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Mol Syst Biol. 2016 Mar 24;12(3):861. doi: 10.15252/msb.20156520.

Environment-induced epigenetic reprogramming in genomic regulatory elements in smoking mothers and their children.

Author information

  • 1Division of Theoretical Bioinformatics, German Cancer Research Center (DKFZ), Heidelberg, Germany.
  • 2Department of Environmental Immunology, Helmholtz Centre for Environmental Research Leipzig - UFZ, Leipzig, Germany.
  • 3Division of Theoretical Bioinformatics, German Cancer Research Center (DKFZ), Heidelberg, Germany Heidelberg Center for Personalized Oncology, DKFZ-HIPO, DKFZ, Heidelberg, Germany.
  • 4Division of Epigenomics and Cancer Risk Factors, German Cancer Research Center (DKFZ), Heidelberg, Germany.
  • 5Research Group Genome Organization & Function, German Cancer Research Center (DKFZ) and Bioquant, Heidelberg, Germany.
  • 6Department of Immunology, Tokyo Medical University, Tokyo, Japan.
  • 7Department Metabolomics, Helmholtz Centre for Environmental Research Leipzig - UFZ, Leipzig, Germany.
  • 8Municipal Hospital "St Georg" Children's Hospital, Leipzig, Germany.
  • 9Department of Environmental Immunology, Helmholtz Centre for Environmental Research Leipzig - UFZ, Leipzig, Germany Department of Dermatology, Venerology and Allerology, Leipzig University Medical Center, Leipzig, Germany.
  • 10Genomics and Proteomics Core Facility, German Cancer Research Center (DKFZ), Heidelberg, Germany.
  • 11Sample Processing Lab, National Center for Tumor Disease and German Cancer Research Center (DKFZ), Heidelberg, Germany.
  • 12Department of Molecular Biology, Faculty of Science, Radboud University, Nijmegen, The Netherlands.
  • 13Division of Theoretical Bioinformatics, German Cancer Research Center (DKFZ), Heidelberg, Germany Institute of Pharmacy and Molecular Biotechnology and Bioquant Center, University of Heidelberg, Heidelberg, Germany.
  • 14Division of Theoretical Bioinformatics, German Cancer Research Center (DKFZ), Heidelberg, Germany Heidelberg Center for Personalized Oncology, DKFZ-HIPO, DKFZ, Heidelberg, Germany Institute of Pharmacy and Molecular Biotechnology and Bioquant Center, University of Heidelberg, Heidelberg, Germany Translational Lung Research Center Heidelberg (TLRC), German Center for Lung Research (DZL), University of Heidelberg, Heidelberg, Germany r.eils@dkfz-heidelberg.de irina.lehmann@ufz.de.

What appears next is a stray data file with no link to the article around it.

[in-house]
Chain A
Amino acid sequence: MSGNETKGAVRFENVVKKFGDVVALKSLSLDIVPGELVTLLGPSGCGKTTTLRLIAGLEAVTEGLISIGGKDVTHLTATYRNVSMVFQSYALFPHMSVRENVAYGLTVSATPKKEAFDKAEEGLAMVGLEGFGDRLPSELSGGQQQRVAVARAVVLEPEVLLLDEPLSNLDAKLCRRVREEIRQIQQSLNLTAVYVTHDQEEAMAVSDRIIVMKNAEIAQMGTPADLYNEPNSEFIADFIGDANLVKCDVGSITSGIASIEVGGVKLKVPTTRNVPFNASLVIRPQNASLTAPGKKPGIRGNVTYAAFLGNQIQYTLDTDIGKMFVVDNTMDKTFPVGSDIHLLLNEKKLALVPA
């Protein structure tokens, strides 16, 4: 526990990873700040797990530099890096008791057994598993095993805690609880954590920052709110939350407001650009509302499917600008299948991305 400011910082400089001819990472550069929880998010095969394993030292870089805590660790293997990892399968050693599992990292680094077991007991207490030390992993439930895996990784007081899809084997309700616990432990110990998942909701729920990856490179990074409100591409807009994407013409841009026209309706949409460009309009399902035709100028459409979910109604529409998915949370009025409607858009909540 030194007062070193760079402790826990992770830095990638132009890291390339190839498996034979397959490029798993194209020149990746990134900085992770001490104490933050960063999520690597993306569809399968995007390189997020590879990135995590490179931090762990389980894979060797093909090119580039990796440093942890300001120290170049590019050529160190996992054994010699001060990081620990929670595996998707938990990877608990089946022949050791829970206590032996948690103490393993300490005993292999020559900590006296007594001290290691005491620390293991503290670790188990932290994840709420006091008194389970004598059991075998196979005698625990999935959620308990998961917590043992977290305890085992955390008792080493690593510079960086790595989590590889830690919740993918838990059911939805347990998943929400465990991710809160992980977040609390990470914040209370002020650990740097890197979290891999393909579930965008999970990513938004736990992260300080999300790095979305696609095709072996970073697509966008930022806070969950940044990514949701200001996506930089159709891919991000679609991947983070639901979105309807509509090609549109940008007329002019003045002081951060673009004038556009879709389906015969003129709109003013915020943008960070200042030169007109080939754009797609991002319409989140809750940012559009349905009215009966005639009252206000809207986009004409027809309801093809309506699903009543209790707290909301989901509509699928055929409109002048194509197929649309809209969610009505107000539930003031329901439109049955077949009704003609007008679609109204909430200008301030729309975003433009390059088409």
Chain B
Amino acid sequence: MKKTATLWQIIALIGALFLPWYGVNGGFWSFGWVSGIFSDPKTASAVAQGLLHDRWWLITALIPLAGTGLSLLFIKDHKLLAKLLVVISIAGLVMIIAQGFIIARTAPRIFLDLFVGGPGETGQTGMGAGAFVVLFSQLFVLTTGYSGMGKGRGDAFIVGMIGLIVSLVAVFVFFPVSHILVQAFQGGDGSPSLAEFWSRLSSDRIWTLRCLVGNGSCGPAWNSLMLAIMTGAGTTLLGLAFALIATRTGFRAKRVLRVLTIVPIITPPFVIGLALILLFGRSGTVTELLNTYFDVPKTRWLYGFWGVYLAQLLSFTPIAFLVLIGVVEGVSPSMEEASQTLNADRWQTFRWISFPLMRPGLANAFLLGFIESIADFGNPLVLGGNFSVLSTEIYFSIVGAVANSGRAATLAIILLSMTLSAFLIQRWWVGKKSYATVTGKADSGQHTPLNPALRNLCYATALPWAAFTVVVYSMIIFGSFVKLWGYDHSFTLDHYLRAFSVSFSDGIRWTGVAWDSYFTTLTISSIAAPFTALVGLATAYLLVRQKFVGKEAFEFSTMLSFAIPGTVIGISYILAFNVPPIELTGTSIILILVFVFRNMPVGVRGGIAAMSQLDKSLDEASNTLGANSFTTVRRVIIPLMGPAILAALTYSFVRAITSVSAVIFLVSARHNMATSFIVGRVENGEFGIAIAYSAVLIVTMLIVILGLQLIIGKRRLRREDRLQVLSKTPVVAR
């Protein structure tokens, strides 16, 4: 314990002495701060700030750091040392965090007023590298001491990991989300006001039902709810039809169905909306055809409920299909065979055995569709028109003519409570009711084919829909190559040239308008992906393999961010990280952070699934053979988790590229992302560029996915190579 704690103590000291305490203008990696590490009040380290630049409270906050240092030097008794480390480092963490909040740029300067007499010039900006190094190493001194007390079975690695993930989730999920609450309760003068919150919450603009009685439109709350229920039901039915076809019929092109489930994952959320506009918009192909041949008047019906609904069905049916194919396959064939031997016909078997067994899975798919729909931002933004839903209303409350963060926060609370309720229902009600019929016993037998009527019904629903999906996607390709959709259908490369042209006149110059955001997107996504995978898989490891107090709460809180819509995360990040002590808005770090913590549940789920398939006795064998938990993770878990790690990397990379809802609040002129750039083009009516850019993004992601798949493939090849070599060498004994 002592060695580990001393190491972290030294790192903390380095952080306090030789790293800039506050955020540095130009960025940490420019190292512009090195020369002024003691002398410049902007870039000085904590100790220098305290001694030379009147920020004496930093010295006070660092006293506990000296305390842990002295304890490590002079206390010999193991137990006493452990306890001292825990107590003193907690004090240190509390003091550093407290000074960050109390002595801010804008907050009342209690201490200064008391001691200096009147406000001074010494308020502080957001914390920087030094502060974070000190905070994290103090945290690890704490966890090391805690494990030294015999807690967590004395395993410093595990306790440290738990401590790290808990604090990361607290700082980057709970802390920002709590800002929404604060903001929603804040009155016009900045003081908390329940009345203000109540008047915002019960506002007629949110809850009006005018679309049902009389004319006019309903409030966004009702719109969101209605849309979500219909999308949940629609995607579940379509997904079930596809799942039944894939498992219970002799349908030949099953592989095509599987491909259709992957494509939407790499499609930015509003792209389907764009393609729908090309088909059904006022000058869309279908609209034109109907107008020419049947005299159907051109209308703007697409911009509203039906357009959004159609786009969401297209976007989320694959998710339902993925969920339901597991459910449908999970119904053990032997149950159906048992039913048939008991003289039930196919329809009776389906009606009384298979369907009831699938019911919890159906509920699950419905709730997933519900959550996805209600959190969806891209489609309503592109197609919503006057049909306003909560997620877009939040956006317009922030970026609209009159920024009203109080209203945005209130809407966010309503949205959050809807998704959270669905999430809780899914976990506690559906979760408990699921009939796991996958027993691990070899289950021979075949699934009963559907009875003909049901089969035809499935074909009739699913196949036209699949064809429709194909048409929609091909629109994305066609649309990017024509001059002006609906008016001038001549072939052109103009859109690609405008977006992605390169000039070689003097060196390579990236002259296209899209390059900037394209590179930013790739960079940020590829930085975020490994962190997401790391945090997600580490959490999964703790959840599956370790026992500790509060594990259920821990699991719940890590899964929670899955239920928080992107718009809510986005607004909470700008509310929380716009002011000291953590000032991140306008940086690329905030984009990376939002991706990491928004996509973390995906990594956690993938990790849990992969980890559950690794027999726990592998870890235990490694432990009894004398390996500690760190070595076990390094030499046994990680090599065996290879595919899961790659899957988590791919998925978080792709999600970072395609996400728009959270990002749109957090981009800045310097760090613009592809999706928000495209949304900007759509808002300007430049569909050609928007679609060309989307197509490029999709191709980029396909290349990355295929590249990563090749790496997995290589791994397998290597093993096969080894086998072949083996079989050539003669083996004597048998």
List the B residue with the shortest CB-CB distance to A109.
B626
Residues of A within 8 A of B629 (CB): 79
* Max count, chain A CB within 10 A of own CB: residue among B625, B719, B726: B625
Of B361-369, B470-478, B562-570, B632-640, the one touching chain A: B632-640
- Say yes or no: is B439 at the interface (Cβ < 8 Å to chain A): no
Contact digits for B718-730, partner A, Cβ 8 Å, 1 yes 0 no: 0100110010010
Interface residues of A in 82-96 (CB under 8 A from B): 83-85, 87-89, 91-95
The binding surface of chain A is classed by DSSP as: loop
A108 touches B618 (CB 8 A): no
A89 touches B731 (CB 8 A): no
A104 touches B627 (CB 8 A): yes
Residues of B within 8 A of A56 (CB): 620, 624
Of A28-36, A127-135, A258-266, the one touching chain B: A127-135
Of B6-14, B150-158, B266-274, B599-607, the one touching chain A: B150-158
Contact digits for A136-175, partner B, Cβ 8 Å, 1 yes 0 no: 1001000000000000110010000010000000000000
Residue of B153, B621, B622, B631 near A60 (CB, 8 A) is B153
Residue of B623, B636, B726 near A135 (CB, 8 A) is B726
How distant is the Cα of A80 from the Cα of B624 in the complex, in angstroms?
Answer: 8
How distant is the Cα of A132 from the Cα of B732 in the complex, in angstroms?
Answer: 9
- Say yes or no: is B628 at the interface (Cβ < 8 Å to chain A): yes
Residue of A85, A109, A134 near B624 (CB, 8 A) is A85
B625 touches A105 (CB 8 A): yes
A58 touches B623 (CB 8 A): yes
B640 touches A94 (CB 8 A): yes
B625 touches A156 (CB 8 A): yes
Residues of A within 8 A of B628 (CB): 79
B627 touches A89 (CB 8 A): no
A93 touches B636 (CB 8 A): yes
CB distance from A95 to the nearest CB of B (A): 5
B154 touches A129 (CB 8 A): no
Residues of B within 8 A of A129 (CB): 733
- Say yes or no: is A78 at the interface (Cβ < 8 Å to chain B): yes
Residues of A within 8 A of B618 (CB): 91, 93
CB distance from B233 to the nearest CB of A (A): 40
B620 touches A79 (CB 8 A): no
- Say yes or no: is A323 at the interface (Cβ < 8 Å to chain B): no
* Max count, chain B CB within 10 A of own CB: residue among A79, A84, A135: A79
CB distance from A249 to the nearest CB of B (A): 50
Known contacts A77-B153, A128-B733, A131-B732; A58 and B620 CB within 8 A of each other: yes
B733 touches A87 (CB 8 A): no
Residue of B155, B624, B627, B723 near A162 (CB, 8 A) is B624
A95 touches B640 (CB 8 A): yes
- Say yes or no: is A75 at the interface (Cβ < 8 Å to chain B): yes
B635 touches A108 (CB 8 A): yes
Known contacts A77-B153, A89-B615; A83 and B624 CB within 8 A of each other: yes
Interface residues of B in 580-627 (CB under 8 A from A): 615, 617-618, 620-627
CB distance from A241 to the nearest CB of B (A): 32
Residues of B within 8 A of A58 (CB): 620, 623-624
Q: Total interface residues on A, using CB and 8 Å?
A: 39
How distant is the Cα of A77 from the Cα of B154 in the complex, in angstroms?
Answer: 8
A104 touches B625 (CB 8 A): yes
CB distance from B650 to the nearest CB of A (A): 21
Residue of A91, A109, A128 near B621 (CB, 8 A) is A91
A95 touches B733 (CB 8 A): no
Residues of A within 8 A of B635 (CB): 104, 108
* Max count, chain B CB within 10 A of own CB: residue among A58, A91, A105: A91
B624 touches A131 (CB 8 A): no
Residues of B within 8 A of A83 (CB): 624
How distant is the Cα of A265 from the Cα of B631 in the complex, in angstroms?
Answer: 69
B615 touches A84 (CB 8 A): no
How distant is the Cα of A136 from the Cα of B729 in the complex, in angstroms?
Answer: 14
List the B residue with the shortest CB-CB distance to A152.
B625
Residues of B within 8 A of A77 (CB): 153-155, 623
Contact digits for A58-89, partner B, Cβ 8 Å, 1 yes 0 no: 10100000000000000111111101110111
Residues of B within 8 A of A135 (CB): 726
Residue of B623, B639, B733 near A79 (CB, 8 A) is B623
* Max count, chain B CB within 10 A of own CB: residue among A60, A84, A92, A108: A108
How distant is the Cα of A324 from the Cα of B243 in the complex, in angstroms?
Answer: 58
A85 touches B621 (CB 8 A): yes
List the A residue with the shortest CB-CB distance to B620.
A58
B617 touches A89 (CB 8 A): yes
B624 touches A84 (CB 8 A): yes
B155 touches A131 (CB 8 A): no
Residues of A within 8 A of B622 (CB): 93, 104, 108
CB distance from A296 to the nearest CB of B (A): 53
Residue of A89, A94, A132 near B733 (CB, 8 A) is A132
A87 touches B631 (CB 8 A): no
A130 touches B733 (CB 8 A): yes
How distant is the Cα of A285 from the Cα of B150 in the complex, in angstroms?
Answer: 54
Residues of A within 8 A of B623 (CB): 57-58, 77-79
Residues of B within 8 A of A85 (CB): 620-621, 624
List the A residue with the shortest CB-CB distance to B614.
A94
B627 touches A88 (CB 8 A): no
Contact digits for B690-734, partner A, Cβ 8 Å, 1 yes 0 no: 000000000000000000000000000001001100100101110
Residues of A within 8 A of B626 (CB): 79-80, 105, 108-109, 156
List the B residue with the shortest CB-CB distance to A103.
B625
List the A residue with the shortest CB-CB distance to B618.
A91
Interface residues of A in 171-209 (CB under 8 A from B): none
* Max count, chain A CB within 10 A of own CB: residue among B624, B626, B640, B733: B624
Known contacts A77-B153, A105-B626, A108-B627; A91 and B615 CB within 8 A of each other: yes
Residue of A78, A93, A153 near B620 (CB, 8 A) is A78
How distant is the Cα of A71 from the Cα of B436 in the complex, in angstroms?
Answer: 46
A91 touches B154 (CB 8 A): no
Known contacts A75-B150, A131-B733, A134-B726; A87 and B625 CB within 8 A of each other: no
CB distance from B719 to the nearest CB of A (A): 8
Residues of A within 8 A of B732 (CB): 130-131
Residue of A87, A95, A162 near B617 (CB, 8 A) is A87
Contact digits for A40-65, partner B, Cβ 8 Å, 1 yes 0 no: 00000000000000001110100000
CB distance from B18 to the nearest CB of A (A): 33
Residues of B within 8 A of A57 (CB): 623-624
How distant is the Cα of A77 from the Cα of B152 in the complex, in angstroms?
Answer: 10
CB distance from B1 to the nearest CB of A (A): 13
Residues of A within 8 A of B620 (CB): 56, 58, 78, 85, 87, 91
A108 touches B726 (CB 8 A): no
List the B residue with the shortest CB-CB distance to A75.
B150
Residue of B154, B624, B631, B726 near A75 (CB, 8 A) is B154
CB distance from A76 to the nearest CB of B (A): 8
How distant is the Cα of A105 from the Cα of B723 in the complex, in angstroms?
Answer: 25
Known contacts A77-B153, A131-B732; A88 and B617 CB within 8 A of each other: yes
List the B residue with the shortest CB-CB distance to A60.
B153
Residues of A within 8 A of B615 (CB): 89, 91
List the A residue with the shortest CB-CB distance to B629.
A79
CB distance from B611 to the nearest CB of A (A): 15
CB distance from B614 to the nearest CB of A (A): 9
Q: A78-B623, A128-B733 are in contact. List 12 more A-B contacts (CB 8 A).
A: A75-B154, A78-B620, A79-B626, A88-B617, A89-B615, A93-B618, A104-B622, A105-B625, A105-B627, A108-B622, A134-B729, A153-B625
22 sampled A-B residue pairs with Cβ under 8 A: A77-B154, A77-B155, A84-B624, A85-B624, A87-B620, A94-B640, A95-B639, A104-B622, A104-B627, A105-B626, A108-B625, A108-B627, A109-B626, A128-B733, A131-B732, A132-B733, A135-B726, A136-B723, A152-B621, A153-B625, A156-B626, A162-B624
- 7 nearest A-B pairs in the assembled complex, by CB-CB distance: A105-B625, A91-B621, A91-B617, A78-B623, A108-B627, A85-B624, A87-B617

• 15Department of Environmental Immunology, Helmholtz Centre for Environmental Research Leipzig - UFZ, Leipzig, Germany r.eils@dkfz-heidelberg.de irina.lehmann@ufz.de.

Abstract

Epigenetic mechanisms have emerged as links between prenatal environmental exposure and disease risk later in life. Here, we studied epigenetic changes associated with maternal smoking at base pair resolution by mapping DNA methylation, histone modifications, and transcription in expectant mothers and their newborn children. We found extensive global differential methylation and carefully evaluated these changes to separate environment associated from genotype-related DNA methylation changes. Differential methylation is enriched in enhancer elements and targets in particular "commuting" enhancers having multiple, regulatory interactions with distal genes. Longitudinal whole-genome bisulfite sequencing revealed that DNA methylation changes associated with maternal smoking persist over years of life. Particularly in children prenatal environmental exposure leads to chromatin transitions into a hyperactive state. Combined DNA methylation, histone modification, and gene expression analyses indicate that differential methylation in enhancer regions is more often functionally translated than methylation changes in promoters or non-regulatory elements. Finally, we show that epigenetic deregulation of a commuting enhancer targeting c-Jun N-terminal kinase 2 (JNK2) is linked to impaired lung function in early childhood.

KEYWORDS:

WGBS; enhancer deregulation; environment; epigenetics; histone modifications

PMID:
27013061
PMCID:
PMC4812527
[PubMed - indexed for MEDLINE]
Free PMC Article
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